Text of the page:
Once you have done that, it’s time to trim up the block. When trimming, I like to measure a 1/4″ from the solid black line. This way, if you have trimmed too much of the 1/4″ seam allowance, you can adjust it so you have enough. Conversely, if you were TOO generous, with your initial cut, this will get you down to 1/4″.


Some people like to make all the sections at once, then join them together. I’m a little too impatient to wait to see how it’s going to look! So when I have two complete sections, I like to join them, then continue piecing and adding the other sections as I go.

Some like to join their pieces with all of the paper still intact. I find that my pieces shift too much when I do that. So I remove the paper around where I am stitching together.


I moved my needle from the center over to a 3 to give me a 1/4″ seam. I also bumped up my stitch length to a 2.


Right sides together, sew together your tree.

Note that the center of the tree where all of the seams join up is rather bulky. Take your time going over this part of the seam. I used the BERNINA Dual Feed when stitching and it went through like butter. Back stitch in the center to secure the seam.


My grandmother sometimes takes the back edge of her scissor and bangs the bulky seam before putting it through the machine to flatten it a bit. It’s an old school trick and it works wonders!

Now remove the papers. Tweezers help a lot in those tight spots where a lot of seams come together.


Press your seam open.


Now add part C to the base of this unit.


Boom! A tree! Now let’s turn this baby into a pillow!

I used a 16″ pillow so the measurements in this tutorial make a slipcover that size, but this pattern is easily adjustable to accommodate any size pillow. Start by taking your  2- 5″ x 7.5″ strips. Sew one strip to the top and one strip to the bottom, continuing to use a 1/4″ seam allowance. You can bump your stitch length up if you like, but I kept mine at a two.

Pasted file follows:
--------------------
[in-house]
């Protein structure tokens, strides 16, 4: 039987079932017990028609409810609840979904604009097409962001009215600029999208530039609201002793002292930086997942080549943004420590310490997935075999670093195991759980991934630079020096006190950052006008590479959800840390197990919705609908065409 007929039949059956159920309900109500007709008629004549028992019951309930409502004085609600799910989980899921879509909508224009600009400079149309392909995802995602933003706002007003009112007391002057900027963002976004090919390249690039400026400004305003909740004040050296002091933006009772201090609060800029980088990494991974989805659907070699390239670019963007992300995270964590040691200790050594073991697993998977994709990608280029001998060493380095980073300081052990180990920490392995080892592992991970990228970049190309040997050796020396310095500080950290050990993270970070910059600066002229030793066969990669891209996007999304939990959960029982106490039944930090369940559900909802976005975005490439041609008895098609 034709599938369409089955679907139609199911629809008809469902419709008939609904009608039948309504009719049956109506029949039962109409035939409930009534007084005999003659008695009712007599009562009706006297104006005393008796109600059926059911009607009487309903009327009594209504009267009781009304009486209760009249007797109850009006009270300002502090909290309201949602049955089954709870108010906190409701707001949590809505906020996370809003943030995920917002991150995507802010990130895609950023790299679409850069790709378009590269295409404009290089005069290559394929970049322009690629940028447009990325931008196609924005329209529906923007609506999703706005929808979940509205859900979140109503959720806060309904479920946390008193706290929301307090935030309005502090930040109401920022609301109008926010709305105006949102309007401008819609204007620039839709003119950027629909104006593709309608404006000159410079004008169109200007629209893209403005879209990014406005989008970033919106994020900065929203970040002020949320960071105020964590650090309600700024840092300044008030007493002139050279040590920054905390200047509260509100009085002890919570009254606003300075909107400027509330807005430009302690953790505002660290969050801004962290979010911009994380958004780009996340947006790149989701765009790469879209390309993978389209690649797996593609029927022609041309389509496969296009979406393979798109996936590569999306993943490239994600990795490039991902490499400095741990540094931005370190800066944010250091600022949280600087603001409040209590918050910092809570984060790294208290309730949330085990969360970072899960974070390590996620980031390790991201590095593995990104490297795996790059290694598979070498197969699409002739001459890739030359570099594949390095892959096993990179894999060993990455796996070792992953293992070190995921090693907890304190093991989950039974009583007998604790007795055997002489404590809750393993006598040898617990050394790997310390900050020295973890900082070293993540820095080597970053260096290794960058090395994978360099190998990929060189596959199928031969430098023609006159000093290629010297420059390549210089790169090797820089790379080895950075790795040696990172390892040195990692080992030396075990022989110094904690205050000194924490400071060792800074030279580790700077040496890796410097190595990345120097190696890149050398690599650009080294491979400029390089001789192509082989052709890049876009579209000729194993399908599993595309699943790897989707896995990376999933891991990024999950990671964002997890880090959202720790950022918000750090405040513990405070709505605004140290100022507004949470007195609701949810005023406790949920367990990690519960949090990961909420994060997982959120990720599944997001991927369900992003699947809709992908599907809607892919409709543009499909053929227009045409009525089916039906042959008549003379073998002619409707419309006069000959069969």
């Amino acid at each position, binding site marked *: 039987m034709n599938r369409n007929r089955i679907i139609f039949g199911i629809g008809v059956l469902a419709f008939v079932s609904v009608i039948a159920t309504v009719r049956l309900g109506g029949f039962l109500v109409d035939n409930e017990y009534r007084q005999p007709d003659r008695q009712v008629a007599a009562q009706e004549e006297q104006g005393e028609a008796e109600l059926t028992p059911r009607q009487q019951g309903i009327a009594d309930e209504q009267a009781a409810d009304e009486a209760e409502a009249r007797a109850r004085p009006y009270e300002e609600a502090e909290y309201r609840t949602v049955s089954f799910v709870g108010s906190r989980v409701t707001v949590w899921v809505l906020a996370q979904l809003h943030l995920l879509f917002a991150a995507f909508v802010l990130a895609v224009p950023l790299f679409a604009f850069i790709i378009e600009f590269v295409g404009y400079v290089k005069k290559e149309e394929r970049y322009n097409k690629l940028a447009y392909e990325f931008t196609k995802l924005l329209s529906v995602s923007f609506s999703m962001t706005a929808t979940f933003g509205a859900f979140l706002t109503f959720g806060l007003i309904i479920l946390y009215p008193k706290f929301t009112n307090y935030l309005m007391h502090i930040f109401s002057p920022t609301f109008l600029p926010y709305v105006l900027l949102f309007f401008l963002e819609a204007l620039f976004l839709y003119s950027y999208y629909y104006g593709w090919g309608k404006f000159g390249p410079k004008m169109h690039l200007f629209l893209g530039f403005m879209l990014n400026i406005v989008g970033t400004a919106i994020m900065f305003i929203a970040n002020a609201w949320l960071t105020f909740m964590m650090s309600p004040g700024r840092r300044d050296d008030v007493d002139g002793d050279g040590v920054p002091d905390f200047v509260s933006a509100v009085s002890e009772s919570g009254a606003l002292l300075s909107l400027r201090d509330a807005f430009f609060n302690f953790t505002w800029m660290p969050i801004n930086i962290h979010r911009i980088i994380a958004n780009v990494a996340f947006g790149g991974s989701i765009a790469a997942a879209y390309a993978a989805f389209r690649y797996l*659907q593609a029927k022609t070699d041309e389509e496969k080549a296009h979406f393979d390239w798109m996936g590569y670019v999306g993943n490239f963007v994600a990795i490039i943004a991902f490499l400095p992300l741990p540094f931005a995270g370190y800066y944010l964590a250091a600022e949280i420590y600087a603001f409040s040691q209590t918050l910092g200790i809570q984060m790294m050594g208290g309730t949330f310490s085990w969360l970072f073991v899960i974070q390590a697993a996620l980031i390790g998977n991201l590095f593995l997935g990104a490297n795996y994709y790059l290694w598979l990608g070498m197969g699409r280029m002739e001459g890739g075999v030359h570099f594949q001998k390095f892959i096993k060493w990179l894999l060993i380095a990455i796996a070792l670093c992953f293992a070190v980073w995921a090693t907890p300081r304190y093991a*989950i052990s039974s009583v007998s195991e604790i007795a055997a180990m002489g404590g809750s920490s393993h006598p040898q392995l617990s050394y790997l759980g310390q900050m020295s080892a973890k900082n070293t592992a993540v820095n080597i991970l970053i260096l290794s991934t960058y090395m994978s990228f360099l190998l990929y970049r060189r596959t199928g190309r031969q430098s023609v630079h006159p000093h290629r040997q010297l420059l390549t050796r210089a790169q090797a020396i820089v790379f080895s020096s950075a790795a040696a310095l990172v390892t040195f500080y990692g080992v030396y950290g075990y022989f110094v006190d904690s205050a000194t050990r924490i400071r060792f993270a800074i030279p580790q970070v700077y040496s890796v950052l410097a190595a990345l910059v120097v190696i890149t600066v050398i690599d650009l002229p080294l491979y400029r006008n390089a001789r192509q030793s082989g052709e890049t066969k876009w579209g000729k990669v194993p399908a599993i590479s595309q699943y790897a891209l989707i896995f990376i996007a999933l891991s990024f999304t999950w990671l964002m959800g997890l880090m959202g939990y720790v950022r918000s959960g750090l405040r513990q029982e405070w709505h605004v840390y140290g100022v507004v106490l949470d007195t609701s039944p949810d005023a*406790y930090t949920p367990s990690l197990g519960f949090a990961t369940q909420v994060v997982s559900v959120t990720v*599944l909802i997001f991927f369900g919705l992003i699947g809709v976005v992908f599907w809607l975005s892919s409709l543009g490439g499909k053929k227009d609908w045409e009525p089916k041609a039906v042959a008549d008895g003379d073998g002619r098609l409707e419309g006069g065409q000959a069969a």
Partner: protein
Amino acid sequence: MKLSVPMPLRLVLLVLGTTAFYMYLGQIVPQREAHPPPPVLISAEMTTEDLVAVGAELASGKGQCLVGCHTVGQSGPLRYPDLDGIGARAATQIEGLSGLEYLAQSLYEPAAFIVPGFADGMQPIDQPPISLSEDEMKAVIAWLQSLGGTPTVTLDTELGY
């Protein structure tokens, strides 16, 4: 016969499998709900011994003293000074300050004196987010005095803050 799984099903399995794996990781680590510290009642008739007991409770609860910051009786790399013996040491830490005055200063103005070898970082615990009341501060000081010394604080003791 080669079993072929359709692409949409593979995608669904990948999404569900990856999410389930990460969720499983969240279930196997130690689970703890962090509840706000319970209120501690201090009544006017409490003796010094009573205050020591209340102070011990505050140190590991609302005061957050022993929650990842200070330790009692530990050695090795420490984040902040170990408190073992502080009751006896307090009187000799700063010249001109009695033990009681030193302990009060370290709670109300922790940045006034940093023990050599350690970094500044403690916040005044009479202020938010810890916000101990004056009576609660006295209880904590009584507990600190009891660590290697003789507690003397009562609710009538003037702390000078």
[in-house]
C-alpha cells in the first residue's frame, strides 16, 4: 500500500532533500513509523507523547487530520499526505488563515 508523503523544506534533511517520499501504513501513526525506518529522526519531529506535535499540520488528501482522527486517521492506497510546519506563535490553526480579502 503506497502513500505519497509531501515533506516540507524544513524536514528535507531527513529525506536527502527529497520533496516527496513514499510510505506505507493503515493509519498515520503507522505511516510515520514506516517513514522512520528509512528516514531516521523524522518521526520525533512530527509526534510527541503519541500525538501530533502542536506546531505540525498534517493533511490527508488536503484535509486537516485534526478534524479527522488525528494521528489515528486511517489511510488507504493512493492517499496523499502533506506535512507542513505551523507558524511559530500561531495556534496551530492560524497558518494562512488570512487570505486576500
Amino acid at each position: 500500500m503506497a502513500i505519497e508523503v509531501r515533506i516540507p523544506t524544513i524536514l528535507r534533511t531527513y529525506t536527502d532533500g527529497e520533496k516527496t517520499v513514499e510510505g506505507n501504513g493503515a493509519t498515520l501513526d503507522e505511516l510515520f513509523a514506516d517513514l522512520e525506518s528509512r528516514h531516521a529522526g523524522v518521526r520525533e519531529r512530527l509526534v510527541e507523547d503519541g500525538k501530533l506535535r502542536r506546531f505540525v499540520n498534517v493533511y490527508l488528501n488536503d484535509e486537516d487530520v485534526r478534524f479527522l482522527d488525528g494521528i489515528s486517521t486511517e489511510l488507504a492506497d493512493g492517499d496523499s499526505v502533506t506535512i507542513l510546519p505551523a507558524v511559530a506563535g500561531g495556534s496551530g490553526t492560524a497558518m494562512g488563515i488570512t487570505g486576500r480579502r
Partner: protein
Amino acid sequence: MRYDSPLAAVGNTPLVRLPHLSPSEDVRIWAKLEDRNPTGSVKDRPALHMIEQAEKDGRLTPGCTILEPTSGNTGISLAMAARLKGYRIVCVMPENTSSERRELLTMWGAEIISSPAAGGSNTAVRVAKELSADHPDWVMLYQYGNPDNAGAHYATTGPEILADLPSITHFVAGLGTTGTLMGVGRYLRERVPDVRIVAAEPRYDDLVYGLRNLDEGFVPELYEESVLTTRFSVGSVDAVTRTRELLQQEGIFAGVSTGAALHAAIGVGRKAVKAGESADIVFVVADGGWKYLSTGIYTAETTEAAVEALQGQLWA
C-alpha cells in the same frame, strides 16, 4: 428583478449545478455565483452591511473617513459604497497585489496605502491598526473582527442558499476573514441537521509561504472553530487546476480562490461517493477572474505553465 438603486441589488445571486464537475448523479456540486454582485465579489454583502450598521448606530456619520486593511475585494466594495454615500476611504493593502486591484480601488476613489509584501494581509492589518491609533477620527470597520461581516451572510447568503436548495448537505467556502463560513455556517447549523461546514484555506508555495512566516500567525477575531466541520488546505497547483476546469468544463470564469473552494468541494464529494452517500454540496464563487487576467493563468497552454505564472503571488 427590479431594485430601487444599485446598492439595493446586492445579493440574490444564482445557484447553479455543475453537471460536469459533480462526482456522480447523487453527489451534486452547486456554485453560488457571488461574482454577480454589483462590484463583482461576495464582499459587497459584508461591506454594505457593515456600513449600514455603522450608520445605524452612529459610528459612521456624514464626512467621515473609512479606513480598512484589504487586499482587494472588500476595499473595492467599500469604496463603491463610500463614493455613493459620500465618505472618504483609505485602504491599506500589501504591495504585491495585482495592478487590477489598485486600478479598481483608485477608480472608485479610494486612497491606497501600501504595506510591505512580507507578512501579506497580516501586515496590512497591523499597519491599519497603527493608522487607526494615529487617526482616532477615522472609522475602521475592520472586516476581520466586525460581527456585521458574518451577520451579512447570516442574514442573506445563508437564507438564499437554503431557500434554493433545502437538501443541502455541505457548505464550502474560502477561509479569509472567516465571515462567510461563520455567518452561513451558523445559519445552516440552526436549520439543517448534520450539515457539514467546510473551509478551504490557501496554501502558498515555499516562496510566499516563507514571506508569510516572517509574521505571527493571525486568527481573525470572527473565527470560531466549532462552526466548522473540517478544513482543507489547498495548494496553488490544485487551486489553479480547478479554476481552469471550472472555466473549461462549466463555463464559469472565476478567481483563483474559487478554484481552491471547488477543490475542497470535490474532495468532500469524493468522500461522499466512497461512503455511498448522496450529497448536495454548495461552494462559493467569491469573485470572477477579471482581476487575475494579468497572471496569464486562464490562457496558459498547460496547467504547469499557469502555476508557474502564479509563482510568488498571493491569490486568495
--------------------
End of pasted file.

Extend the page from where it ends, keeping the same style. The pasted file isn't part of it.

Now add your 2- 5″ x 16.5″ strips to either side.


Your finished pieces should be 16.5″ square.

Now for the back of the pillow.

Take your 9″ x 16.5 ” piece and your 13″ x 16.5″ piece and fold and press the wider side with a 1/2″ seam allowance, then fold and press again, like so.


Moving your needle back to the center position (0) and stitch down the fold at the edge.


Right sides together, sew unfinished 16.5″ side of the shorter piece to the TOP of the pillow front with a 1/4″ seam allowance (needle position three), and sew the unfinished 16.5″ side of the longer piece to the BOTTOM of the pillow front.


Right sides together, place the shorter flap under the longer flag and pin like so.


With a 1/4″ seam, sew up the sides. Then just flip the slipcover inside out, press the seams, and you’re done!

B Pillow 2

2016 Holiday Countdown - 4 days until Christmas Day

Our December 21 Gift for You:

Today’s gift is a clear BERNINA sewing accessory box with a BERNINA red handle for easy transportation to one awesome WeAllSew fan.


All you have to do is post a comment below answering the following question:

What kind of home dec tutorial would you like to see on WeAllSew?

A winner will be chosen at random on December 22 , 2016 and announced the following week!

Good luck!

The contest is open for comments until December 21 at 12:00 midnight Central Time. Click here for contest rules.

Congratulations to WeAllSew reader “sandybangle,” the winner of our December 21st gift. Enjoy!

126 thoughts on “Foundation Paper Pieced Christmas Pillow

  1. Thanks for the great tutorial!! I will need to give this a try. I would like to learn more about incorporating piping,buttons and zippers into home dec projects. Thanks for the chance to play : )

  2. I would love an in depth tutorial on how to hem store bought curtains. I purchased some for my craft room, but they are way too long for my window. I’ve been too chicken for the past 5 months to attempt to hem them! I don’t make clothes or curtains, so this seems a bit beyond my comfort zone though I told myself I could do it when I purchased them!

  3. Hey, this was asked yesterday!!! Haha! I’d like to learn how to make my own kitchen items and also simple clothing sewing. Blouses, knit tops, accessories. Easy to follow step by step instructions.

  4. Would love to see a tutorial on a very large tree skirt. The skirts for sale are about 4x too small. Good tree stand coverage with a generous radius for lots of presents under a 12 foot tree?